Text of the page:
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If you live in New Hampshire and are having trouble getting an at-home rapid COVID-19 test, you might soon find them among the bottles at state-run liquor stores.
The New Hampshire Executive Council approved the request to sell 1 million at-home rapid COVID tests at liquor outlets across the state, Gov. Christopher Sununu said.
The governor said he expects the at-home tests to be available at liquor stores within the next two weeks.
“We will buy them for a certain price. We will put them on the shelves and sell them for that exact same price, approximately in the $13 range,” Sununu said during a news conference this week.
🚨NEW: Today the Executive Council approved our request to sell 1 MILLION at-home rapid tests at our state liquor stores at-cost.
We expect they’ll hit shelves within the next 2 weeks. In addition to tax-free liquor and lottery tickets, you’ll be able to grab a tax-free test! pic.twitter.com/4NTvgG4oJE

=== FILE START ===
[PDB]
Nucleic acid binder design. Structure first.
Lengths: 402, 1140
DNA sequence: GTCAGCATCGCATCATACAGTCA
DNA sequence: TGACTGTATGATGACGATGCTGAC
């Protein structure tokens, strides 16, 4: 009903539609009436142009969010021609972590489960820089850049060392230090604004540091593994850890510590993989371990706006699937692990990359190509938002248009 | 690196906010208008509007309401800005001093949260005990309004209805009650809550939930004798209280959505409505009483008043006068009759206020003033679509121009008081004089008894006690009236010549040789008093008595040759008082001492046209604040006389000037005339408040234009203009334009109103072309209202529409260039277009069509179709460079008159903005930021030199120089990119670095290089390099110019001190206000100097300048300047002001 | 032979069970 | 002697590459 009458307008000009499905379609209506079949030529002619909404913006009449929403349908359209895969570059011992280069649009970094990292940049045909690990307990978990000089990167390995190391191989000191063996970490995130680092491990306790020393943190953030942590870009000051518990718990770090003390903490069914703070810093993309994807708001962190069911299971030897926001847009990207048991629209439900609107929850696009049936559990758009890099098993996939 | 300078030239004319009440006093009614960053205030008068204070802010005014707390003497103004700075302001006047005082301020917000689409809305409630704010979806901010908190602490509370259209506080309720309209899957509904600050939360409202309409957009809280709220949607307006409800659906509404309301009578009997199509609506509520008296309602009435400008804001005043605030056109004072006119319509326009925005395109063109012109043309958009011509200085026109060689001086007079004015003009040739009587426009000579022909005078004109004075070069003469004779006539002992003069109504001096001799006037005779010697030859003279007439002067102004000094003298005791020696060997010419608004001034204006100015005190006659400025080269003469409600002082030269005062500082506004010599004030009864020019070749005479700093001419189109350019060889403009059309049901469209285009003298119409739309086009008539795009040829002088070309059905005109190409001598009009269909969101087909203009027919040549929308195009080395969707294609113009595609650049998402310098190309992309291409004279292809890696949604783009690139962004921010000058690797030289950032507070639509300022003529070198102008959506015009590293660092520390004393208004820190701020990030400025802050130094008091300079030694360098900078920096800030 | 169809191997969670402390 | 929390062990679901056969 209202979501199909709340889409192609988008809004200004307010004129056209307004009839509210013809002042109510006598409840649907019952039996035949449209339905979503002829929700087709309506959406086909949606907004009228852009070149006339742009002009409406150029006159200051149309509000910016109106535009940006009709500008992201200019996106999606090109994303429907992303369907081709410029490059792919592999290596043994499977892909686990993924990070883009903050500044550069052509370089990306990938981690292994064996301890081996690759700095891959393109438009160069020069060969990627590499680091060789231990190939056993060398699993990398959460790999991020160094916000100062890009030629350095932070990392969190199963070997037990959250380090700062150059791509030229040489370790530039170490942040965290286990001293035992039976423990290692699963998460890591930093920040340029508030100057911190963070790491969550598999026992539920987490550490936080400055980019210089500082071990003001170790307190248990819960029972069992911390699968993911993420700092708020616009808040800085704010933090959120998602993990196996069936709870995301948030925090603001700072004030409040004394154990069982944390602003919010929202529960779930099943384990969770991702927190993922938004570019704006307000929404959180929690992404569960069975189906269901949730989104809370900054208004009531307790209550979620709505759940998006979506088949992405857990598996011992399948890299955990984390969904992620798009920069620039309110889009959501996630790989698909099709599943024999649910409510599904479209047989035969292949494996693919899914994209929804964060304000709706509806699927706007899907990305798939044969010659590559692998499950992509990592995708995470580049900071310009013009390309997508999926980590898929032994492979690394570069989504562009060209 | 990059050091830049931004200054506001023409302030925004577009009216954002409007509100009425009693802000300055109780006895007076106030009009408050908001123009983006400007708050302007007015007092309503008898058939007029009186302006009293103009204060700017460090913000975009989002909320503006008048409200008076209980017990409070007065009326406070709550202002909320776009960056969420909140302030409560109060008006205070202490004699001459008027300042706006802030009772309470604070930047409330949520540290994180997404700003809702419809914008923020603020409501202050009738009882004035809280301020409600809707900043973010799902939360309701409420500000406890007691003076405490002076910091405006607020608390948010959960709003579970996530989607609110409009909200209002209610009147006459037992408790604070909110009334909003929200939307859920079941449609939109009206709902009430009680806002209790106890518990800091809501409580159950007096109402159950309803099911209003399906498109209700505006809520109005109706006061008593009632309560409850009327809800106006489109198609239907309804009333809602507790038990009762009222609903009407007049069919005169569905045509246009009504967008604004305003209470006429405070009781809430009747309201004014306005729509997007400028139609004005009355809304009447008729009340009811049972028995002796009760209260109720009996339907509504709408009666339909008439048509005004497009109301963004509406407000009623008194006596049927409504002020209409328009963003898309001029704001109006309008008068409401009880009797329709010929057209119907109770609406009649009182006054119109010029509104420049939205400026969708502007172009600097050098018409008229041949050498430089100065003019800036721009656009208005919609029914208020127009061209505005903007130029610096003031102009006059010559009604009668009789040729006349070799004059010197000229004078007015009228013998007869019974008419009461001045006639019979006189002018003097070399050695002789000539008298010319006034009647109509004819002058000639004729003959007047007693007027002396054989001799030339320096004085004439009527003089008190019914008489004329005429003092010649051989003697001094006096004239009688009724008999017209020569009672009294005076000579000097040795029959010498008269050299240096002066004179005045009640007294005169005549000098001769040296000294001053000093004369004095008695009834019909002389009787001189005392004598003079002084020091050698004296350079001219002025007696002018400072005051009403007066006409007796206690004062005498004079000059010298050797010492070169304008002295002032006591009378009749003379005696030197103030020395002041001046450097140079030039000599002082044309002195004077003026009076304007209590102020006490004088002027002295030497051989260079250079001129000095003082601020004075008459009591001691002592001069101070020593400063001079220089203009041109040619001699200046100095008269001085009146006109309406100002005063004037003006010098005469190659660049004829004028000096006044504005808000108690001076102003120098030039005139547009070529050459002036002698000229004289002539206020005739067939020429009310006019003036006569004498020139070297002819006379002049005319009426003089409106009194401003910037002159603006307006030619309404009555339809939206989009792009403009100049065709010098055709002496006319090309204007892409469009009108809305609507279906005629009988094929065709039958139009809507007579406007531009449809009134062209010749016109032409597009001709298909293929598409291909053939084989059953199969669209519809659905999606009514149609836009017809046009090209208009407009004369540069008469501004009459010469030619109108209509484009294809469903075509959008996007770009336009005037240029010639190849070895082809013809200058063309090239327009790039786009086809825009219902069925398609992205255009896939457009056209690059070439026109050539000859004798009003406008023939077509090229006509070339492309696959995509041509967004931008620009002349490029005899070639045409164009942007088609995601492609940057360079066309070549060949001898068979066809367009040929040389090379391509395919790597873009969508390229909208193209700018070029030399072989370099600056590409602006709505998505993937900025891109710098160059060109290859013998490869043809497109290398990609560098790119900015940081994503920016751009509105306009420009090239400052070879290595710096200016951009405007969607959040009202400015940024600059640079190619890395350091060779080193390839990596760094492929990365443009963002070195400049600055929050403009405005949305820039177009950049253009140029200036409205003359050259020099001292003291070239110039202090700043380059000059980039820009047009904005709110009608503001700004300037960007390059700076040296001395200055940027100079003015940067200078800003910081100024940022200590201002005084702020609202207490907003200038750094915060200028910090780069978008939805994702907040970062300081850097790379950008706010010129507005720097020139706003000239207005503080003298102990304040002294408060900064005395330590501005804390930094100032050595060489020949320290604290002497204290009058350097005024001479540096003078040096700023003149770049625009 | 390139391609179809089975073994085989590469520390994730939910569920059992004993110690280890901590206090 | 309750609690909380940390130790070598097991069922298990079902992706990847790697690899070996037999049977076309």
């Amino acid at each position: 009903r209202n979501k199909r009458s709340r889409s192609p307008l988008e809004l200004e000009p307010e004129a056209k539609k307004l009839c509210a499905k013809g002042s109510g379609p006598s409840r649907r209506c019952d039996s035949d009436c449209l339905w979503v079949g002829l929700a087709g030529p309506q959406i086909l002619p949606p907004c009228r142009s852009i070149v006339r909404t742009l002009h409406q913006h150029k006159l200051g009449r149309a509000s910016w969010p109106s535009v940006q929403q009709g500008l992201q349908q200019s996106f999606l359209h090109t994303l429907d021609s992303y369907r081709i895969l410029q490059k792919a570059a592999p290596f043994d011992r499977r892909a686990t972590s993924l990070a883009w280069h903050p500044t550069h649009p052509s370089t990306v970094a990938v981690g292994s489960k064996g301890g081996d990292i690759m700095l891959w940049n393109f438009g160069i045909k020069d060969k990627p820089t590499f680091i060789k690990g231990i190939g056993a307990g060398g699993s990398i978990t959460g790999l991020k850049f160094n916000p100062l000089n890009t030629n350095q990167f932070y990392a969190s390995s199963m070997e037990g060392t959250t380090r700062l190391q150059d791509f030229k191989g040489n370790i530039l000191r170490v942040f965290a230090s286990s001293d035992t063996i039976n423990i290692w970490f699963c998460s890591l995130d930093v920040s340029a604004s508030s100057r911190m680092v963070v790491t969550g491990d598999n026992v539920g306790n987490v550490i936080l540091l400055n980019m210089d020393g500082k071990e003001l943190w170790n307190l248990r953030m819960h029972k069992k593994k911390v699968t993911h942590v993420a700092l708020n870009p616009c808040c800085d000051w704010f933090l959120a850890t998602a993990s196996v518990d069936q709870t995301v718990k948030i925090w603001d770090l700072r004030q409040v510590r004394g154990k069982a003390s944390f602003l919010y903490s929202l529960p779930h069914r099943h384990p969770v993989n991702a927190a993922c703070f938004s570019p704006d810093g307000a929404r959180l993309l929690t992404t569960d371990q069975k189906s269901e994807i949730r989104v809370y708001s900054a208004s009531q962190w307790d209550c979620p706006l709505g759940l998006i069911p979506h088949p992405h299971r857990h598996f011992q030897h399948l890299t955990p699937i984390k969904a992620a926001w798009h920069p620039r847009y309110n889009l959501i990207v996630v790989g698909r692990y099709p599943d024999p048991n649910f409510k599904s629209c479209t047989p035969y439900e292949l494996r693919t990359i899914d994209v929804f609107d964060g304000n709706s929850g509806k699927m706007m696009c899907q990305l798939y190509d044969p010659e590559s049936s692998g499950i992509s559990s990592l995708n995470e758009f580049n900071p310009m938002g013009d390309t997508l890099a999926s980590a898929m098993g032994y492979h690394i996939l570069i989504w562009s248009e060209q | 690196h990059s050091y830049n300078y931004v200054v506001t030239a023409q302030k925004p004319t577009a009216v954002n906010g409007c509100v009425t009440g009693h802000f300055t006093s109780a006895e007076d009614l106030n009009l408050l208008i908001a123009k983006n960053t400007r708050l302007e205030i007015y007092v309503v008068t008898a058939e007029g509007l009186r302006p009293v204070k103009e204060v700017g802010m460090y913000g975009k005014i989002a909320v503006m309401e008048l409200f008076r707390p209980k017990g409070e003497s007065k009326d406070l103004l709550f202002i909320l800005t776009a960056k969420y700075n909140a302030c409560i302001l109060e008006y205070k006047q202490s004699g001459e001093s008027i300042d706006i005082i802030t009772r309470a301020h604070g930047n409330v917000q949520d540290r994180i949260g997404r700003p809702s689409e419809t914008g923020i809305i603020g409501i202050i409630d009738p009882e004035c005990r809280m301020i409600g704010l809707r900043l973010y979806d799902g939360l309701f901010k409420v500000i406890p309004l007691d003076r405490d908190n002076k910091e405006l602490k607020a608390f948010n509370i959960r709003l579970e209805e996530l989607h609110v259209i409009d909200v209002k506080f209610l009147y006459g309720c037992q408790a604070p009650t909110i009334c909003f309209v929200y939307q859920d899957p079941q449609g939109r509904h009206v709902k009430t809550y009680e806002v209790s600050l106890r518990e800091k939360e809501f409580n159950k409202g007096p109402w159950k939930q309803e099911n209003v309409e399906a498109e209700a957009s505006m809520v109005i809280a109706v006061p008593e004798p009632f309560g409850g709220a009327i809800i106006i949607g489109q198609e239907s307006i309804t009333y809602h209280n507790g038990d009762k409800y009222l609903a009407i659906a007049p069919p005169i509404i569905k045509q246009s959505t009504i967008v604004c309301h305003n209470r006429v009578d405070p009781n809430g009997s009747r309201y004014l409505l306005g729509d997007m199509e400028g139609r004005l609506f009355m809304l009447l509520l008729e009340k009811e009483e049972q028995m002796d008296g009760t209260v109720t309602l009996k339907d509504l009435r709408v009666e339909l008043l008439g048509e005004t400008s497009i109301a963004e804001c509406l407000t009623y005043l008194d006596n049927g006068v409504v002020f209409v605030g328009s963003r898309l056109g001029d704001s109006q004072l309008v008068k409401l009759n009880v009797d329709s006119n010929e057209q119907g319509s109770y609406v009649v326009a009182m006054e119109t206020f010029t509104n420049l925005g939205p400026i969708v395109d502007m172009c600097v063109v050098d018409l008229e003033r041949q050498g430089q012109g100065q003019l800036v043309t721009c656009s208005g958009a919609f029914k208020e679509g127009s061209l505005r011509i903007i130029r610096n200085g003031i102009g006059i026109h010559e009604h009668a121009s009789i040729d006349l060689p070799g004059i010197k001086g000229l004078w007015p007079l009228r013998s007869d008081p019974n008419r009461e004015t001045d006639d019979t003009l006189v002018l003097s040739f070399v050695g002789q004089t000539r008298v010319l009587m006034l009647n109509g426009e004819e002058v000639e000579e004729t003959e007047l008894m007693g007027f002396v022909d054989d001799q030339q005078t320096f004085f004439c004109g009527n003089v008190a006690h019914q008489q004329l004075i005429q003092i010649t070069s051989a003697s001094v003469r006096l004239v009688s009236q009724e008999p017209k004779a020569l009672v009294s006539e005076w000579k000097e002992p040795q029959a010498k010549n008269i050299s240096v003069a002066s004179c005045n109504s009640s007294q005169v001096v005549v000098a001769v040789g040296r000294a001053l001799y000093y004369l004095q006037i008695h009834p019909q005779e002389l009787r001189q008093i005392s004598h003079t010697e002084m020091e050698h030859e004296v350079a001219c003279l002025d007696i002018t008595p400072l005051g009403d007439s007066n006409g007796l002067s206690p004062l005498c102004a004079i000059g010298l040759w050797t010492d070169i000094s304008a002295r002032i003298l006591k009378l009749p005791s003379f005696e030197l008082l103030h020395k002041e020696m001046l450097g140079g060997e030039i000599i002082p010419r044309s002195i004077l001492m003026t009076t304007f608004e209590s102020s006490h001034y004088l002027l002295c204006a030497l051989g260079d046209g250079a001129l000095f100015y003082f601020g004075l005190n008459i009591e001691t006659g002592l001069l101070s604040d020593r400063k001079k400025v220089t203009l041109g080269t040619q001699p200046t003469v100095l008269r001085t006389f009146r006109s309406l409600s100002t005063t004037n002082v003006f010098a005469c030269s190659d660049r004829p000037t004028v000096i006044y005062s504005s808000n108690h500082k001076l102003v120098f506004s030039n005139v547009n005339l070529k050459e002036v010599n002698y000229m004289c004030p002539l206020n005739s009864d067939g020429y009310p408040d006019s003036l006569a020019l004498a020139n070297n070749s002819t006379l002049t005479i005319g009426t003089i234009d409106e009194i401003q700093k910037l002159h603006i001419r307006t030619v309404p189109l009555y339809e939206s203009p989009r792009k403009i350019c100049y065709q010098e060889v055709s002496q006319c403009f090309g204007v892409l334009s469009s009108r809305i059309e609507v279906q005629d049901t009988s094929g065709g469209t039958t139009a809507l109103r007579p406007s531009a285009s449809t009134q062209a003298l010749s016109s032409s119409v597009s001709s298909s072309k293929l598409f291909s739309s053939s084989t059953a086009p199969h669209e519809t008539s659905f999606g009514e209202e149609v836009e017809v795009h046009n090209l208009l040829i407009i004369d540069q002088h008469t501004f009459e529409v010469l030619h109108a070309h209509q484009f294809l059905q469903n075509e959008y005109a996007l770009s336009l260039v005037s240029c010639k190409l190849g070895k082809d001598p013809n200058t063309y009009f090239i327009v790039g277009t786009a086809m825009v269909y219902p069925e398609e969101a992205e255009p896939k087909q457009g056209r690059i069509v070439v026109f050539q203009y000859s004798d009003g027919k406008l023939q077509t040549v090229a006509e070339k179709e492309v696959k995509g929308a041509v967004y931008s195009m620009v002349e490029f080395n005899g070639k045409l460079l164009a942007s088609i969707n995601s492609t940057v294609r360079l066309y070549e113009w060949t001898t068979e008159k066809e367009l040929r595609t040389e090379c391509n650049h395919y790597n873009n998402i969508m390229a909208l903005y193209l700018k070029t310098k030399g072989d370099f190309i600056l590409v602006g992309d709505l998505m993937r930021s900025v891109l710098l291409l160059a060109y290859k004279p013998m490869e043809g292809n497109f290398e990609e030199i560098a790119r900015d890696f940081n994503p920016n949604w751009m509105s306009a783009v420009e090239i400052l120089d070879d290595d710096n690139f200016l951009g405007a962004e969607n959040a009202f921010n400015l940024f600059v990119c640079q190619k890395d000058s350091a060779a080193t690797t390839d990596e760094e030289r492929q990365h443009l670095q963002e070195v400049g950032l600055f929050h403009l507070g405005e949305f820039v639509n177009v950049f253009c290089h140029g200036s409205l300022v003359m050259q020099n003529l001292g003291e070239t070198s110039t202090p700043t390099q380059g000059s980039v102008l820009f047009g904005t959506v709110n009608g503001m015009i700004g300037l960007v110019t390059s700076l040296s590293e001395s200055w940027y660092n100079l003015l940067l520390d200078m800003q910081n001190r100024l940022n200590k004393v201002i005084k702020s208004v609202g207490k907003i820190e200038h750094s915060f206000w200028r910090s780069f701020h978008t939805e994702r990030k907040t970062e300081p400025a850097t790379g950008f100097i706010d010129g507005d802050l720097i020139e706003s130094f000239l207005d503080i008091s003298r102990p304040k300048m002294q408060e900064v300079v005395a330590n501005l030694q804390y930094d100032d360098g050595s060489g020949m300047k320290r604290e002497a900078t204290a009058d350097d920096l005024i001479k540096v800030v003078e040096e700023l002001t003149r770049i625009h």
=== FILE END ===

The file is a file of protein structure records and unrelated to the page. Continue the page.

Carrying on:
— Chris Sununu (@GovChrisSununu) January 26, 2022
The governor said federal dollars were used to secure the tests, which will be available for individuals to purchase in roughly 80 stores across the state.
Given the demand for at-home COVID tests, Sununu said New Hampshire made the move to purchase the test kits to help meet the high demand for residents.
“We [also] know that a lot of folks in New Hampshire might try to get some at stores. And we know that demand is still going to be there,” he added.
News of New Hampshire’s distribution of at-home COVID tests comes after the Biden administration announced that Americans can begin ordering free at-home COVID-19 rapid tests from the government.
Orders for up to four tests per household can be placed online. The administration also set up a phone number so those without access to computers or high-speed internet can order their free tests.
Details of the website were announced a day after President Joe Biden said the administration would purchase an additional 500 million at-home COVID tests for Americans — adding on to his plans detailed last month to order 500 million tests.
The tests should arrive in homes starting in late January.